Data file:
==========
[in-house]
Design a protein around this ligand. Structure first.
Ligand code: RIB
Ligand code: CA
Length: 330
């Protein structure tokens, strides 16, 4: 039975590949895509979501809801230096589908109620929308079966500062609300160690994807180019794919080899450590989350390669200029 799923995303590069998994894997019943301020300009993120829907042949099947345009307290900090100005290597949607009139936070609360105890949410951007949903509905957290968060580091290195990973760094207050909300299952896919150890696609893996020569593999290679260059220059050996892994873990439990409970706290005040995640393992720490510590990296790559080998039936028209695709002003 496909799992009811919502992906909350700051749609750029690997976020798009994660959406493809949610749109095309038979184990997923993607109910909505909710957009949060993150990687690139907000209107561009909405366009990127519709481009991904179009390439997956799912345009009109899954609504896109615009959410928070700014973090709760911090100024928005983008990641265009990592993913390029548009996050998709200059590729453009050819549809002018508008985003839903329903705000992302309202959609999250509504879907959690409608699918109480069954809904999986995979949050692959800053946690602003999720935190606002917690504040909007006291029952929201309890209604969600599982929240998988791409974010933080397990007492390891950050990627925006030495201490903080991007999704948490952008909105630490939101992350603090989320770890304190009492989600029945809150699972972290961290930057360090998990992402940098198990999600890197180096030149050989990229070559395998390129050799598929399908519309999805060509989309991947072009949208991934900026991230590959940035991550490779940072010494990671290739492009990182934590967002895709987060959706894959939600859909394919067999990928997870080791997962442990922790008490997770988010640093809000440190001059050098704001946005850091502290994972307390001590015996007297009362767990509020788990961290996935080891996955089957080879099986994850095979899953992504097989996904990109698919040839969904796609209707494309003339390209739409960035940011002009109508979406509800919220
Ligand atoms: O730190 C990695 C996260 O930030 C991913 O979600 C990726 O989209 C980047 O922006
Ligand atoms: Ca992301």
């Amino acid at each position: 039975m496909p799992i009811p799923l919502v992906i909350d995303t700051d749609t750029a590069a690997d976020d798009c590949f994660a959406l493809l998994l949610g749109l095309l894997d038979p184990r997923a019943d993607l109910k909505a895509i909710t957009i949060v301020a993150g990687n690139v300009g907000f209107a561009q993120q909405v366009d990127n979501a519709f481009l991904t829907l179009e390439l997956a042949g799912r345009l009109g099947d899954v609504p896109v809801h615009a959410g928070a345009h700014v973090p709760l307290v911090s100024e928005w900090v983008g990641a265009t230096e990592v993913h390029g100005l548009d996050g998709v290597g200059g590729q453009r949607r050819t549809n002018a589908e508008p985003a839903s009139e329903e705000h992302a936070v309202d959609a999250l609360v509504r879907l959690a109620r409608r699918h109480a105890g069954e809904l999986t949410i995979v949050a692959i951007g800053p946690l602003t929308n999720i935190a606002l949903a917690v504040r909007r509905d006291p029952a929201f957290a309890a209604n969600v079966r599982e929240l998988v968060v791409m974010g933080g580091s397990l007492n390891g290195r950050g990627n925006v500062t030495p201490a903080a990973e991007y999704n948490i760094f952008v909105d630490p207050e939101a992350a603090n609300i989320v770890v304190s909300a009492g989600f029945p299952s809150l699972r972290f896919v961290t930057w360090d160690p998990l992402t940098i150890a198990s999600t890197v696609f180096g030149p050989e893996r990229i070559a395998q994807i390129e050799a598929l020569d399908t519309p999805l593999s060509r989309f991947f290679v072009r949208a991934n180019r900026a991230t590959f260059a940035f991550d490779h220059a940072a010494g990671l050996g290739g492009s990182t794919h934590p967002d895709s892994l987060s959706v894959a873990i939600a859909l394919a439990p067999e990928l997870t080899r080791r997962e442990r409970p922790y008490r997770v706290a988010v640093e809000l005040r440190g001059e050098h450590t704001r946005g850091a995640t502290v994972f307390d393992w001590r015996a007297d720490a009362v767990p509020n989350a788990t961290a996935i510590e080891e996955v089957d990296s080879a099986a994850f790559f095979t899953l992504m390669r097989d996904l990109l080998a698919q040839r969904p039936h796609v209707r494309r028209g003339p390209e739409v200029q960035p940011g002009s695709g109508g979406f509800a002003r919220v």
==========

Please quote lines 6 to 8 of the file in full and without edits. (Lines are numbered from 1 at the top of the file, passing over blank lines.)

């Protein structure tokens, strides 16, 4: 039975590949895509979501809801230096589908109620929308079966500062609300160690994807180019794919080899450590989350390669200029 799923995303590069998994894997019943301020300009993120829907042949099947345009307290900090100005290597949607009139936070609360105890949410951007949903509905957290968060580091290195990973760094207050909300299952896919150890696609893996020569593999290679260059220059050996892994873990439990409970706290005040995640393992720490510590990296790559080998039936028209695709002003 496909799992009811919502992906909350700051749609750029690997976020798009994660959406493809949610749109095309038979184990997923993607109910909505909710957009949060993150990687690139907000209107561009909405366009990127519709481009991904179009390439997956799912345009009109899954609504896109615009959410928070700014973090709760911090100024928005983008990641265009990592993913390029548009996050998709200059590729453009050819549809002018508008985003839903329903705000992302309202959609999250509504879907959690409608699918109480069954809904999986995979949050692959800053946690602003999720935190606002917690504040909007006291029952929201309890209604969600599982929240998988791409974010933080397990007492390891950050990627925006030495201490903080991007999704948490952008909105630490939101992350603090989320770890304190009492989600029945809150699972972290961290930057360090998990992402940098198990999600890197180096030149050989990229070559395998390129050799598929399908519309999805060509989309991947072009949208991934900026991230590959940035991550490779940072010494990671290739492009990182934590967002895709987060959706894959939600859909394919067999990928997870080791997962442990922790008490997770988010640093809000440190001059050098704001946005850091502290994972307390001590015996007297009362767990509020788990961290996935080891996955089957080879099986994850095979899953992504097989996904990109698919040839969904796609209707494309003339390209739409960035940011002009109508979406509800919220
Ligand atoms: O730190 C990695 C996260 O930030 C991913 O979600 C990726 O989209 C980047 O922006
Ligand atoms: Ca992301």